What to Do with Your Inner Critic


I wish I could stop beating myself up so much.

I am often harsh with myself. Critiquing oneself is necessary to get better at a skill. But judgmental criticism is different. It can be debilitating.

Critiquing focuses my internal Q&A on what caused my actions and what other options are available.

  • Why did you do it that way?
  • What did you learn from that choice?
  • How could you do it better next time?

Criticizing focuses on shaming. It uses questions to deliver judgments about who and what I am, not what I did.

  • Why are you always so careless? (implied: I’m consistently and woefully careless)
  • What were you thinking? (implied: I wasn’t thinking, and typically don’t)
  • When are you ever going to get it right? (implied: no matter how hard I try, I’m fated to do it poorly)

Though I am now more often able to transform the criticism into a critique, it doesn’t always work. Frankly, I’ve come to see my inner critic is not really a source of “truth”. Like a good lawyer, “winning the argument” is his goal.

I used to think my inner critic didn’t like me. Hated me, in fact. But I’ve begun to look at my critic differently and I’m amazed at what I’m discovering.

My inner critic is trying to get my attention for something good. He learned what causes me pain and wants to warn me. Granted, he does so like a junior high bully; but that’s about how old he is. That’s when he came on line.

Truth is, my inner critic wants to keep me from repeating painful mistakes. And if I think about it, someone who works that hard to protect me must care for me.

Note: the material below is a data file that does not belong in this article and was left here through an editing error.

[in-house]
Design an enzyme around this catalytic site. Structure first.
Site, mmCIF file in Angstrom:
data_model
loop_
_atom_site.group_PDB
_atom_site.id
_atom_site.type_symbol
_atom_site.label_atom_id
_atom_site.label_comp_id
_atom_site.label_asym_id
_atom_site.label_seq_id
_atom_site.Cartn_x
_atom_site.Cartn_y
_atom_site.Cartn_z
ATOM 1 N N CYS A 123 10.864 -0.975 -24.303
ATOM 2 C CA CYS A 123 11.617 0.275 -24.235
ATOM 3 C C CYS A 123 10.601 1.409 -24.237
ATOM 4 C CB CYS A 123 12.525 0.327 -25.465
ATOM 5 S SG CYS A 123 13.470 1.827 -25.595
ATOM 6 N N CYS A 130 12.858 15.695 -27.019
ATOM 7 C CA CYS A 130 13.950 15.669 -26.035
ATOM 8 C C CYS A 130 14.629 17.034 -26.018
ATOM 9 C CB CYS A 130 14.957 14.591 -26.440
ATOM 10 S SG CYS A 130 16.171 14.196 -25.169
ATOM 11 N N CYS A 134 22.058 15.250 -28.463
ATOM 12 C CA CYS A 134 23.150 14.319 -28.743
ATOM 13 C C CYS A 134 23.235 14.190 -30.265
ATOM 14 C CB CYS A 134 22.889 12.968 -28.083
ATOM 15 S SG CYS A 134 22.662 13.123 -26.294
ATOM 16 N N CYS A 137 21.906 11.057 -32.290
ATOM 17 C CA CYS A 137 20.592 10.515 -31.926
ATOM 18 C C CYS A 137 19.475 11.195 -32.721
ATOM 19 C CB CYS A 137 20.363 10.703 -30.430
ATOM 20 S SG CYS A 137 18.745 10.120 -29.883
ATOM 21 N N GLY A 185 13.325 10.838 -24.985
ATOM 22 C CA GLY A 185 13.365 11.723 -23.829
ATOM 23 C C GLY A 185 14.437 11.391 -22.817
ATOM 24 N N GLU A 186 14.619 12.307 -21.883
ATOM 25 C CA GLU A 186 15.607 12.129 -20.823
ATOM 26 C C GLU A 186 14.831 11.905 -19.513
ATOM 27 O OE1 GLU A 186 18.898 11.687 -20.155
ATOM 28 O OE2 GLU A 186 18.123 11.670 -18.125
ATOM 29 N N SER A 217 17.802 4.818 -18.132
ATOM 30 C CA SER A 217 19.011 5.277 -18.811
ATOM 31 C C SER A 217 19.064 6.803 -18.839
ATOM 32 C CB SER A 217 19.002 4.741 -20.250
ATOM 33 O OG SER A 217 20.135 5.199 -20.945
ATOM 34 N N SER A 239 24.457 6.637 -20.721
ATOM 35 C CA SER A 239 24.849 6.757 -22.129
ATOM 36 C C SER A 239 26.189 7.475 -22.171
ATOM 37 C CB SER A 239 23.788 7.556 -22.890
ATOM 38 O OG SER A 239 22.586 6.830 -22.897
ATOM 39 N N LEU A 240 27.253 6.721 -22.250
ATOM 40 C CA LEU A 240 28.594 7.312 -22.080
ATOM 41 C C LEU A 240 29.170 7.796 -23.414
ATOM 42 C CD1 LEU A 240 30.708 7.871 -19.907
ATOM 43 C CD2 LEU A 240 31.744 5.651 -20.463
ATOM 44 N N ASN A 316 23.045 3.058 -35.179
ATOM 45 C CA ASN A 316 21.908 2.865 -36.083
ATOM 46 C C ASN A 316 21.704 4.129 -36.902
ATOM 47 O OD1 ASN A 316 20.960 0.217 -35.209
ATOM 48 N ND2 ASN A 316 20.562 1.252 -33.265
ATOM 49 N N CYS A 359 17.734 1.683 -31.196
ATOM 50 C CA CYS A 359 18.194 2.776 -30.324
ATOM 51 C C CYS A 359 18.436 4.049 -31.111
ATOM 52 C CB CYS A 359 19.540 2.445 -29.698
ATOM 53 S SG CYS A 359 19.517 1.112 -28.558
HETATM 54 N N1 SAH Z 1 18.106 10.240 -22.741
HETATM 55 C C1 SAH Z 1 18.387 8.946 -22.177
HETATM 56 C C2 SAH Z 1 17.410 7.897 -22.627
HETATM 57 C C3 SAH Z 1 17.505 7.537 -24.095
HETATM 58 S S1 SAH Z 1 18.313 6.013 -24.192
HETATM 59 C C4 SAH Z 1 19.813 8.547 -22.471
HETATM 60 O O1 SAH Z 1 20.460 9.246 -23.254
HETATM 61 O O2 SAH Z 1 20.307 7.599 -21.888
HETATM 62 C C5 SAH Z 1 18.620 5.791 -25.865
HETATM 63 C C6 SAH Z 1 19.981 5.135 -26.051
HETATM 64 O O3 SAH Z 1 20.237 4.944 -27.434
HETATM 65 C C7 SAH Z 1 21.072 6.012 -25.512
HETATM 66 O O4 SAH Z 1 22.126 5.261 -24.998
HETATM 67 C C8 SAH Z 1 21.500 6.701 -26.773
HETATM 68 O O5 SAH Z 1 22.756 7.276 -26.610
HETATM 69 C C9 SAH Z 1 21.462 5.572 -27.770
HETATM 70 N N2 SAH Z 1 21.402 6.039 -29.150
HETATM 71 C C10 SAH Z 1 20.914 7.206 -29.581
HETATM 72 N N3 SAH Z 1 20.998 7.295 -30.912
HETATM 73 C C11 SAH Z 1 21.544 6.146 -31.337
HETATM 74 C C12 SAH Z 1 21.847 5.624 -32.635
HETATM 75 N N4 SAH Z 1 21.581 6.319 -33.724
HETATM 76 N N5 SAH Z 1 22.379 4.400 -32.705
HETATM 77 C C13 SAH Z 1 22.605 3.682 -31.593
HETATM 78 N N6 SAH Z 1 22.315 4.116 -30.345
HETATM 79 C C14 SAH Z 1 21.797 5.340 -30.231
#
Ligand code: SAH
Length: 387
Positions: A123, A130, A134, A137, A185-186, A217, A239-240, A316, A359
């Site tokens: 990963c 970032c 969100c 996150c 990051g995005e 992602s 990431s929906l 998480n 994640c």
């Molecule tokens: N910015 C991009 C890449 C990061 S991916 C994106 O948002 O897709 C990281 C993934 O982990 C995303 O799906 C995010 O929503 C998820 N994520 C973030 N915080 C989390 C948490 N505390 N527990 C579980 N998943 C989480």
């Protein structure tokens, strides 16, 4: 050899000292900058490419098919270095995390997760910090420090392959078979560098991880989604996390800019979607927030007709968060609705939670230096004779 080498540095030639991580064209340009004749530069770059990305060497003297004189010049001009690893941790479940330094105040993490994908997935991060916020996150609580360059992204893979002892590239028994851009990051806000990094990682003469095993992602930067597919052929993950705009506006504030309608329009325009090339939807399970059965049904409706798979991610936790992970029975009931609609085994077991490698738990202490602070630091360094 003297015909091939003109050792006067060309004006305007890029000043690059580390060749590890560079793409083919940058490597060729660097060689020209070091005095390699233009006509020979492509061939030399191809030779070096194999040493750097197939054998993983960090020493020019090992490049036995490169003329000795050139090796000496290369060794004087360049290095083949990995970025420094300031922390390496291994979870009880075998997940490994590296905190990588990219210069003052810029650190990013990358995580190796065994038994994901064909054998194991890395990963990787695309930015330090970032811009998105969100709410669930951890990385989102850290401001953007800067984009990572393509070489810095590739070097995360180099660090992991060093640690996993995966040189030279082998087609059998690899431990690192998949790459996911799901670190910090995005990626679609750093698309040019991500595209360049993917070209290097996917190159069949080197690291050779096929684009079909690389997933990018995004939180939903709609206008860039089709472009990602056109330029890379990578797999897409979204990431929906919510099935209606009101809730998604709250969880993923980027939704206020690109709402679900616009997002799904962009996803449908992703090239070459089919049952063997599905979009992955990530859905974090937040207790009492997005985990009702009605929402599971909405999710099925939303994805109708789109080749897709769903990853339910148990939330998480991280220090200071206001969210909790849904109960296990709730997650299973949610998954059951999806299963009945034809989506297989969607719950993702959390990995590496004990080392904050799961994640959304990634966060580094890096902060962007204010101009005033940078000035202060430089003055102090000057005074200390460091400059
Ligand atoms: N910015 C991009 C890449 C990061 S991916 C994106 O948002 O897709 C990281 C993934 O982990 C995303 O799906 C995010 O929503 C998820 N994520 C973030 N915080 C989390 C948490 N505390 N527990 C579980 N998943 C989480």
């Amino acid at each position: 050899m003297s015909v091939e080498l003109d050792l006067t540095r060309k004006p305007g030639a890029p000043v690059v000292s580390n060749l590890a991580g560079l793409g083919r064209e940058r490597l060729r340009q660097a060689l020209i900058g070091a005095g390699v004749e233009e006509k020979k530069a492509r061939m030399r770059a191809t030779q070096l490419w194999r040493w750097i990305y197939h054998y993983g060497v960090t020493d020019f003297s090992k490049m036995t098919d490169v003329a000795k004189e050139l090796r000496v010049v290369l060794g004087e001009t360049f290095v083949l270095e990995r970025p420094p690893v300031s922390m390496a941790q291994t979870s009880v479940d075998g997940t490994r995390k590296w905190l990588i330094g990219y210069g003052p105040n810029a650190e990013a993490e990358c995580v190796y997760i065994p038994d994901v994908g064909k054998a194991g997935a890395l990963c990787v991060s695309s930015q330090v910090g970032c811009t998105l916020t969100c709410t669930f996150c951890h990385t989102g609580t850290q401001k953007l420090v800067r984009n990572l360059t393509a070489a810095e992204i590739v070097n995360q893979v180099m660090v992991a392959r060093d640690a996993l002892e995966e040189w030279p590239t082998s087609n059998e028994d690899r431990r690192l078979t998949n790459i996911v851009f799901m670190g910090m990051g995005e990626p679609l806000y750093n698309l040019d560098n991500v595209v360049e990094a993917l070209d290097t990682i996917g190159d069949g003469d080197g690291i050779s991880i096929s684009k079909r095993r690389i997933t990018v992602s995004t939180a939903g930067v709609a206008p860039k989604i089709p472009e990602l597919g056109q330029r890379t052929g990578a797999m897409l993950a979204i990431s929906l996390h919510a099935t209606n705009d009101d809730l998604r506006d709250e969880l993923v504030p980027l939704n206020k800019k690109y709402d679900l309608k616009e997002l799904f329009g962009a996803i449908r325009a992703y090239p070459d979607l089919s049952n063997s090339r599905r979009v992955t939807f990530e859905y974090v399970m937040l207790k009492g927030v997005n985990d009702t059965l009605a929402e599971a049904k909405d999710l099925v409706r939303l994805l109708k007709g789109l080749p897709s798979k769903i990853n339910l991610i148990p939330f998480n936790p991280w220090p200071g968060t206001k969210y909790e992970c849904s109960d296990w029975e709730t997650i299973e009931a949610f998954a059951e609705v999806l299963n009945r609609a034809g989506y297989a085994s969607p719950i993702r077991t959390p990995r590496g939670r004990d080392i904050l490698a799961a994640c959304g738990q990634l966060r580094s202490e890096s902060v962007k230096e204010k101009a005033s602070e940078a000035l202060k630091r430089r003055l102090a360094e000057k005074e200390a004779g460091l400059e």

Did I just write that? My inner critic likes me!

So now, when I feel the inner critic arising, I stop to have a conversation with him:

  • First, I appreciate him for noticing. “Thanks for seeing the danger. You sure have a good radar!”
  • Next, I question him respectfully. “What bad thing are you trying to protect me from?”
  • Then, I thank him for his tireless work. “I’m glad you look out for my well-being; you are so vigilant.”
  • Finally, I assure him. “I want you to know: I got this. You don’t have to worry about it anymore. I see the danger, and I’m on it.”

My inner critic is not a demon to cast out. He’s a wounded boy who is scared.

So next time your inner critic shouts at you, sit him down face to face. Have a talk. You might find he’s got a warning worth heeding. And he’s been hoping there’s a grown-up somewhere who will listen.


– By Judson Poling

Judson met Greg Huston (The Crucible Project’s founder) in 2002 and staffed his first initial weekend the following spring. Judson is a founding board member of The Crucible Project and co-developer of The Crucible Project’s four second-level weekends. He also served on staff of Willow Creek Community Church for 29 years. Judson is now a best-selling author and President of Cambia Resources, LLC, doing consulting, coaching and freelance writing.